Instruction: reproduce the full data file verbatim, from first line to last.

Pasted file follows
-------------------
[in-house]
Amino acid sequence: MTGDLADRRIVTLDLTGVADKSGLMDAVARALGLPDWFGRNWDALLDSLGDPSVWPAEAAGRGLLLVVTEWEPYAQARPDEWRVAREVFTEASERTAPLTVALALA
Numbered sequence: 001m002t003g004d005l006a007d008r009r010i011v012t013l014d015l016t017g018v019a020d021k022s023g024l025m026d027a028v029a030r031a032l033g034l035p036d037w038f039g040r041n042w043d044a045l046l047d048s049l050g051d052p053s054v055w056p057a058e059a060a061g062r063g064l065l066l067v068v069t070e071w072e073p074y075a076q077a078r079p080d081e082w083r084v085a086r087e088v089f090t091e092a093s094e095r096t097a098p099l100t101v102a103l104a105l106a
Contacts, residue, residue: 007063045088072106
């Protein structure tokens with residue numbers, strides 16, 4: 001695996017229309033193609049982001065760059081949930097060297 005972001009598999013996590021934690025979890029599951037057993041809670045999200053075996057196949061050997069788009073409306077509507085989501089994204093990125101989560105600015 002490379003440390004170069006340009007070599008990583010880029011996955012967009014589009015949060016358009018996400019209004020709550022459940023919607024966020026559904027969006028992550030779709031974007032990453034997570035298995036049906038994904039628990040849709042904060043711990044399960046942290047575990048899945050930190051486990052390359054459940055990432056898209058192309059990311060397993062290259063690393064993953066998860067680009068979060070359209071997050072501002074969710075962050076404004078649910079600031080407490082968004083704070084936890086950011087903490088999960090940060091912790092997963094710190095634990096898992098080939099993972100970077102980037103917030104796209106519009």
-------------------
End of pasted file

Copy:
[in-house]
Amino acid sequence: MTGDLADRRIVTLDLTGVADKSGLMDAVARALGLPDWFGRNWDALLDSLGDPSVWPAEAAGRGLLLVVTEWEPYAQARPDEWRVAREVFTEASERTAPLTVALALA
Numbered sequence: 001m002t003g004d005l006a007d008r009r010i011v012t013l014d015l016t017g018v019a020d021k022s023g024l025m026d027a028v029a030r031a032l033g034l035p036d037w038f039g040r041n042w043d044a045l046l047d048s049l050g051d052p053s054v055w056p057a058e059a060a061g062r063g064l065l066l067v068v069t070e071w072e073p074y075a076q077a078r079p080d081e082w083r084v085a086r087e088v089f090t091e092a093s094e095r096t097a098p099l100t101v102a103l104a105l106a
Contacts, residue, residue: 007063045088072106
């Protein structure tokens with residue numbers, strides 16, 4: 001695996017229309033193609049982001065760059081949930097060297 005972001009598999013996590021934690025979890029599951037057993041809670045999200053075996057196949061050997069788009073409306077509507085989501089994204093990125101989560105600015 002490379003440390004170069006340009007070599008990583010880029011996955012967009014589009015949060016358009018996400019209004020709550022459940023919607024966020026559904027969006028992550030779709031974007032990453034997570035298995036049906038994904039628990040849709042904060043711990044399960046942290047575990048899945050930190051486990052390359054459940055990432056898209058192309059990311060397993062290259063690393064993953066998860067680009068979060070359209071997050072501002074969710075962050076404004078649910079600031080407490082968004083704070084936890086950011087903490088999960090940060091912790092997963094710190095634990096898992098080939099993972100970077102980037103917030104796209106519009």